In AUTOPILOT mode, if no QRS or AP trigger is found, it will trigger on the V SPIKE of an AV paced rhythm.

TRIGGER MODES: ARTERIAL PRESSURE (AP)


The computer uses the SYSTOLIC UPSTROKE of an arterial pressure waveform as the trigger signal. A 14mmHg minimum pulse pressure is required to initially recognize the trigger. Once pumping begins the subsequent pulse pressure requirement is reduced to 7mmHg. Every 64th beat is unassisted and reassessed. This mode is available as an option for clinical situations where an ECG is unavailable or distorted. Not recommended for irregular rhythms or irregular pulse pressures.

TRIGGER MODES: Internal

The balloon inflates and deflates at a pre-set rate regardless of the patient's cardiac activity. This mode is only to be used in situations where there is NO CARDIAC OUTPUT and NO ECG (cardiac arrest, cardiopulmonary bypass).

Gas Alarms/Balloon Pressure Waveform

The gas pressure characteristics are converted into a waveform that is reflective of the behavior of the gas.
Understanding the balloon pressure waveform is important for troubleshooting of the console as most alarms are based on the gas surveillance system.

Normal Waveform Variations


Tachycardia Bradycardia

Hypertension

Hypotension

Abnormal Waveform Variation: Wide Inflation and/or Deflation Artifact


Check for kinks, as they may trap gas in the IAB. If water is present in the gas tubing, remove the condensation. Pushing the helium through the water during inflation and deflation slows down gas transition. If gas transition is prolonged too much, it can create alarms.

Abnormal Waveform Variation: Helium Loss / Gas Loss / Gas Leakage Alarms

Observe for blood in the gas tubing. If even a slight amount is present, it may indicate a balloon rupture. Do not resume pumping. Prepare for IAB removal. Check connections where gas tubing connects to IAB and to pump. Secure if loose.

Abnormal Waveform Variation: High Pressure / Kinked Line Alarm

Reposition patient. Keep affected leg straight. Use rolled towel under hip to hyperextend hip. Apply slight traction to the catheter if kinking at the insertion site or in the artery is suspected. The distal portion of the IAB may be in the sheath if a long introducer sheath was used. Pull sheath back until IAB bladder has exited the sheath. Introducer sheath may be kinked which in turn is kinking the balloon. Suspect this particularly if placement of the sheath was difficult. Pull sheath back or rotate sheath a partial turn.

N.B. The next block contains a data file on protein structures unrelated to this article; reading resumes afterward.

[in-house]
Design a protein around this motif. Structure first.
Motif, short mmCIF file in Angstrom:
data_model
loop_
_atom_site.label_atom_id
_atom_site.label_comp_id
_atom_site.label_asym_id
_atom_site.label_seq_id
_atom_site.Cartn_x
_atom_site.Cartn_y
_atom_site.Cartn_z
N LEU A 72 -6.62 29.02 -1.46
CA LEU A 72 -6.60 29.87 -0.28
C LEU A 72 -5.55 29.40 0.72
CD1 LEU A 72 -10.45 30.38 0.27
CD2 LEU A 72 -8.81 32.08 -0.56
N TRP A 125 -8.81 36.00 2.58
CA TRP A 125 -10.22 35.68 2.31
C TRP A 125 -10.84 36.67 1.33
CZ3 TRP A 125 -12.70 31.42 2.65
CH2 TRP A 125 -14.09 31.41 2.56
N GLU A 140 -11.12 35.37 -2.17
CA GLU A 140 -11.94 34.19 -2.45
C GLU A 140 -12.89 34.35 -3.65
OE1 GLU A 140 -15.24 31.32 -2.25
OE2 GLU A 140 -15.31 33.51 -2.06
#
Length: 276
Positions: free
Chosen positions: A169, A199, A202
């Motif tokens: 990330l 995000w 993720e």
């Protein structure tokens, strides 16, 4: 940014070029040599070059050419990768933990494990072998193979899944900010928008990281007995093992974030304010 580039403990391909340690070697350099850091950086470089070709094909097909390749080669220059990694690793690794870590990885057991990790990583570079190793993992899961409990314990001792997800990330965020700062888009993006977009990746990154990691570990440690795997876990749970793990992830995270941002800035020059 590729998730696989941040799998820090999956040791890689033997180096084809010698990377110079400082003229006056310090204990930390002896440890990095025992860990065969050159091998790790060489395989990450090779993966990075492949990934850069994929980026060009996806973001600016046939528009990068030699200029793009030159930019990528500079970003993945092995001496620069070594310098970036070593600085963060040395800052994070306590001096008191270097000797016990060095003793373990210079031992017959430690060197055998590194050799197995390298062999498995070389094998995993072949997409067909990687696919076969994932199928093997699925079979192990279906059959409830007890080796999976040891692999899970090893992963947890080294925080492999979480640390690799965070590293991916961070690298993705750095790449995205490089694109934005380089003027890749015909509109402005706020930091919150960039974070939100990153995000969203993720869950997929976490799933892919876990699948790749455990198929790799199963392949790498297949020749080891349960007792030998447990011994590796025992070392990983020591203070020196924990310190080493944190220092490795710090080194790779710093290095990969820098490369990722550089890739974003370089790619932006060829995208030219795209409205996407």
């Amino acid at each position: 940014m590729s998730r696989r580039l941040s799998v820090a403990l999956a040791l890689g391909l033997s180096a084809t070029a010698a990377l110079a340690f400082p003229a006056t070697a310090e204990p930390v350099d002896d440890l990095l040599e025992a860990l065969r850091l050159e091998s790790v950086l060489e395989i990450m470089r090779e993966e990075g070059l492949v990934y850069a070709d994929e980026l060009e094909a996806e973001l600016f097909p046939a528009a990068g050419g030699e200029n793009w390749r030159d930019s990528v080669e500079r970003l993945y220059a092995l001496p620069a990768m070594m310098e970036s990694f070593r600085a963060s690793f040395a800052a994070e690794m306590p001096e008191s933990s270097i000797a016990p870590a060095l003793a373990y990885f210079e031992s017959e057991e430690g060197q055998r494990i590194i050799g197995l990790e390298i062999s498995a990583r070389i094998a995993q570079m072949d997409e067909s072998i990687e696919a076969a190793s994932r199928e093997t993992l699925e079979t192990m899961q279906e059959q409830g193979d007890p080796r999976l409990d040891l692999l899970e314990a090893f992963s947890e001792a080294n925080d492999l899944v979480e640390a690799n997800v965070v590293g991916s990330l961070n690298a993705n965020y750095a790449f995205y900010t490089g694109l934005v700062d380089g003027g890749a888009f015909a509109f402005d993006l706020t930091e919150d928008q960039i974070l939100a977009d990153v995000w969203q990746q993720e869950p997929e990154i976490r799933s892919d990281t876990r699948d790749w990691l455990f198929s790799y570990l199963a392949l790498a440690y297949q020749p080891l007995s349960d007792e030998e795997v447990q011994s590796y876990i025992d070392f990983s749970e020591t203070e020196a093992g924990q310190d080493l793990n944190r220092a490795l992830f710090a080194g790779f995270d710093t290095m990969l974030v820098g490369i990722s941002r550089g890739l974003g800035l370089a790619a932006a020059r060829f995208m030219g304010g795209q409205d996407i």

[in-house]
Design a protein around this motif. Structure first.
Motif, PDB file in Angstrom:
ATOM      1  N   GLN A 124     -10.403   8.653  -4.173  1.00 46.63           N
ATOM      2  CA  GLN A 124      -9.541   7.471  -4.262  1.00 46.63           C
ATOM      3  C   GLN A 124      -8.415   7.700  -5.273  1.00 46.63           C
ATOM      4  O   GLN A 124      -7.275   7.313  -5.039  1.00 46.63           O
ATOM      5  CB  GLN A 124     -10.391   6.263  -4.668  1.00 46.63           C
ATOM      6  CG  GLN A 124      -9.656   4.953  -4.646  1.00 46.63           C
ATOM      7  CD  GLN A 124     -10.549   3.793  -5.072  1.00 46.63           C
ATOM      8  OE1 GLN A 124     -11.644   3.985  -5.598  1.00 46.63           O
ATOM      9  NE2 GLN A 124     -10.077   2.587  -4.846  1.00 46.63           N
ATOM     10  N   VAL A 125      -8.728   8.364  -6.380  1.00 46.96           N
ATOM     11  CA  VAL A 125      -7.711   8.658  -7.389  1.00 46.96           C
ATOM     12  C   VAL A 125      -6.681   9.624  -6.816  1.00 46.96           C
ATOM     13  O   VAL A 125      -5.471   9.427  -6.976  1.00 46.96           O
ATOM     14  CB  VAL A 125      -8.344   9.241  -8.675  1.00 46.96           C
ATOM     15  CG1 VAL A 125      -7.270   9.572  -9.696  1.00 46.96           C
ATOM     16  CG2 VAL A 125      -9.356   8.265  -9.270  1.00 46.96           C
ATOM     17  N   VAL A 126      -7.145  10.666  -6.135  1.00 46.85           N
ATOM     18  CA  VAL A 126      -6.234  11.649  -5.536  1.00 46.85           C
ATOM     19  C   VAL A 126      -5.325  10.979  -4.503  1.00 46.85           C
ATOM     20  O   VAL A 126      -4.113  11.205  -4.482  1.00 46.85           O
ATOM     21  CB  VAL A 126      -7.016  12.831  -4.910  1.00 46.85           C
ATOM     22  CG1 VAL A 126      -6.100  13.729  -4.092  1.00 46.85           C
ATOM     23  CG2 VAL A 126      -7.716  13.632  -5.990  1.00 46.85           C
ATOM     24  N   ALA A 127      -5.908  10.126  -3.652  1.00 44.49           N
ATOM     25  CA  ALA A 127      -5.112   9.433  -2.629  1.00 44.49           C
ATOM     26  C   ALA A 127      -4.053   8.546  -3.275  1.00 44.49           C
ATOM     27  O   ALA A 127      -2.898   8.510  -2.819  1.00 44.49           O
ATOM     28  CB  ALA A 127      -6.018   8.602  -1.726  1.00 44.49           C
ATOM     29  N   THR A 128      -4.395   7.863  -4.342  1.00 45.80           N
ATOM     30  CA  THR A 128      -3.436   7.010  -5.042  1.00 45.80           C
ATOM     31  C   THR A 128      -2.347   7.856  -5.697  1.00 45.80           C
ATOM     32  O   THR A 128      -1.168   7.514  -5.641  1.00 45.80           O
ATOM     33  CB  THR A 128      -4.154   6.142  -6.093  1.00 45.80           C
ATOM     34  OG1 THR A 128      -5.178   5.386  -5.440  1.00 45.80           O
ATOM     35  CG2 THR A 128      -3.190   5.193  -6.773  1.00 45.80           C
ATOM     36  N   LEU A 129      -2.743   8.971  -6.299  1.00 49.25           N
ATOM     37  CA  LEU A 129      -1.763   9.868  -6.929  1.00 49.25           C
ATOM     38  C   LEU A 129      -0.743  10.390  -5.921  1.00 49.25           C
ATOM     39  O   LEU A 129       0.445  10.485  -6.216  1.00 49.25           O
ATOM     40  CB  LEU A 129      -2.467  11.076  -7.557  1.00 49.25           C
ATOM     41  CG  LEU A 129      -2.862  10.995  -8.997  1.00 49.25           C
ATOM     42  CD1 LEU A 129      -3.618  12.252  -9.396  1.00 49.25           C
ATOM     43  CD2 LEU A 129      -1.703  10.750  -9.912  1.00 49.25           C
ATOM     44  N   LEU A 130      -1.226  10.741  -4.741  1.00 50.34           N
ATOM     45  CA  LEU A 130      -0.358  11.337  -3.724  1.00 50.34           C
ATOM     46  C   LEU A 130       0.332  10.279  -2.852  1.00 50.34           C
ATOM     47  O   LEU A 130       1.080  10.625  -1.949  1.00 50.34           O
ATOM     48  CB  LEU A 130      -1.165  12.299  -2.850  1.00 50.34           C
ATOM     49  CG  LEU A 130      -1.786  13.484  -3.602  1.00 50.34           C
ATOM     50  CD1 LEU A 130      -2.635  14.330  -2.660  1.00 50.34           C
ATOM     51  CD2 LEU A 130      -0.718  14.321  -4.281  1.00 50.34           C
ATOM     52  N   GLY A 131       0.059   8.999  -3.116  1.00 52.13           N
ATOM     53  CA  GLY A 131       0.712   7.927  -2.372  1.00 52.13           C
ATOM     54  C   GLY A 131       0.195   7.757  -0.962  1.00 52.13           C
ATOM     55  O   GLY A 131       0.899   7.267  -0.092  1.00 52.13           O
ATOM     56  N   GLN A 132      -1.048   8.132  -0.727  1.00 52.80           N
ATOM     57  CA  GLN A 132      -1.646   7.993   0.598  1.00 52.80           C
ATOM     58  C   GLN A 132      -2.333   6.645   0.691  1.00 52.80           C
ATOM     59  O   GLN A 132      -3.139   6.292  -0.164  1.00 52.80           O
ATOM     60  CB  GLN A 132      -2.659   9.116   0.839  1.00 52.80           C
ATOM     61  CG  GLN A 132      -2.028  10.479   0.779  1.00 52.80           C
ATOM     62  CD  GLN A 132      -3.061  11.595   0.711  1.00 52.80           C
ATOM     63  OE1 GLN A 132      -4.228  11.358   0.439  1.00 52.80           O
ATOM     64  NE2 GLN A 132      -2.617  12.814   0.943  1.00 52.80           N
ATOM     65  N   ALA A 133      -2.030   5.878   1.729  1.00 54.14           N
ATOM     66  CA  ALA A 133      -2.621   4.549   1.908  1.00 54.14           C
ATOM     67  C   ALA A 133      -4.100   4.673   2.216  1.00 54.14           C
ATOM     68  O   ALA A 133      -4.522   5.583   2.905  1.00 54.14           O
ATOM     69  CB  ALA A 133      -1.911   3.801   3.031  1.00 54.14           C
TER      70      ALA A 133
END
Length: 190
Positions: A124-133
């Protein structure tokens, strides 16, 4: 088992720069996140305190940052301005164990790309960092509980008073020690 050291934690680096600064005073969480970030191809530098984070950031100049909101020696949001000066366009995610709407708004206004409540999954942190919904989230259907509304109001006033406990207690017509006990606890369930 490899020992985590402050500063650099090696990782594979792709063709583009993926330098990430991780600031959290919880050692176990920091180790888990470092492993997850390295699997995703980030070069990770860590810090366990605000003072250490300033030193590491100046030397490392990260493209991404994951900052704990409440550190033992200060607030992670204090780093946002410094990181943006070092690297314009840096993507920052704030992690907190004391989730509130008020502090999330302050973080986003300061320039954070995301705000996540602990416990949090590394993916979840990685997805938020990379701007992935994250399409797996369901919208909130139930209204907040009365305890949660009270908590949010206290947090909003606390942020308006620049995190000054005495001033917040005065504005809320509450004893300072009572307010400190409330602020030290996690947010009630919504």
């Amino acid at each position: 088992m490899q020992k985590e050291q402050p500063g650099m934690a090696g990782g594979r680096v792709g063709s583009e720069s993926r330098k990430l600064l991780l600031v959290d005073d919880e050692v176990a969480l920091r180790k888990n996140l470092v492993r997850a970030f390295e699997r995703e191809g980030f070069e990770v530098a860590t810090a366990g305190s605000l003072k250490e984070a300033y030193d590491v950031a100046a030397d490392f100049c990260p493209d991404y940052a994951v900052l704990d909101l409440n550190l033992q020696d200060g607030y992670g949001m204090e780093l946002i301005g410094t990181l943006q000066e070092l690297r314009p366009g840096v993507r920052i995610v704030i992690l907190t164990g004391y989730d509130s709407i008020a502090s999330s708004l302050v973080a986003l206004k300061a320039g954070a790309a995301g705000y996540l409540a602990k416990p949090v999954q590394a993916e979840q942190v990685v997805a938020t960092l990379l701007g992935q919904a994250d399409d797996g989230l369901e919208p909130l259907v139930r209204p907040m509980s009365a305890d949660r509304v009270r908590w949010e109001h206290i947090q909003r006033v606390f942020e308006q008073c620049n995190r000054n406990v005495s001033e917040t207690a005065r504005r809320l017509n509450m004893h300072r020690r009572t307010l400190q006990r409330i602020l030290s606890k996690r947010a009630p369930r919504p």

Check placement of the balloon; it may be too high or too low. The balloon may be too large for the patient. Reduce the helium volume the balloon is inflated with. (It is recommended to not reduce the volume below 2/3 of maximum. For example, do not decrease volume in a 40cc IAB below 27cc)

Complications

Limb ischemia

Thrombosis Emboli
Groin hematomas

Bleeding and insertion site

Aortic perforation and/or dissection Renal failure and bowel ischemia Neurologic complications including paraplegia Heparin induced thrombocytopenia Infection

Weaning of IABP

Timing of weaning

Patient should be stable for 24-48 hours

Decreasing inotropic support Decreasing pump ratio

From 1:1 to 1:2 or 1:3

Decrease augmentation Monitor patient closely

If patient becomes unstable, weaning should be immediately discontinued

IAB Removal

Discontinue heparin six hours prior Check platelets and coagulation factors Deflate the balloon Apply manual pressure above and below IABP insertion site Remove and alternate pressure to expel any clots Apply constant pressure to the insertion site for a minimum of 30 minutes Check distal pulses frequently

References

Wiegand DJ, Carlson KK; AACN Critical Care Procedures, Performance Evaluation Checklists 3rd Edition. American Association of Critical Care Nurses 2005. Little C; Your guide to the intra-aortic balloon pump. ProQuest Information and Learning Company Springhouse Corporation Dec 2004. Schreuder JJ, Maisano F, Donelli A, Jansen JR, Hanlon P, Bovelander J, Alfieri O; Beat-to-beat effects of intraaortic balloon pump timing on left ventricular performance in patients with low ejection fraction. Annuls of Thoracic Surgery: 2005 Mar;79(3):872-80. Linley GH, Bakker EW, de Vroege R, Spijkstra JJ; When the blood-back detection system fails: an IABP case report. Perfusion. 2003 Nov;18(6):369-71. Christenson JT, Badel P, Simonet F, Schmuziger M; Preoperative intraaortic balloon pump enhances cardiac performance and improves the outcome of redo CABG. Annuls of Thoracic Surgery. 2001 Apr;71(4):1400-1. Reference and Educational Materials for Intra-Aortic Balloon Pumping Arrow International. www.arrowintl.com.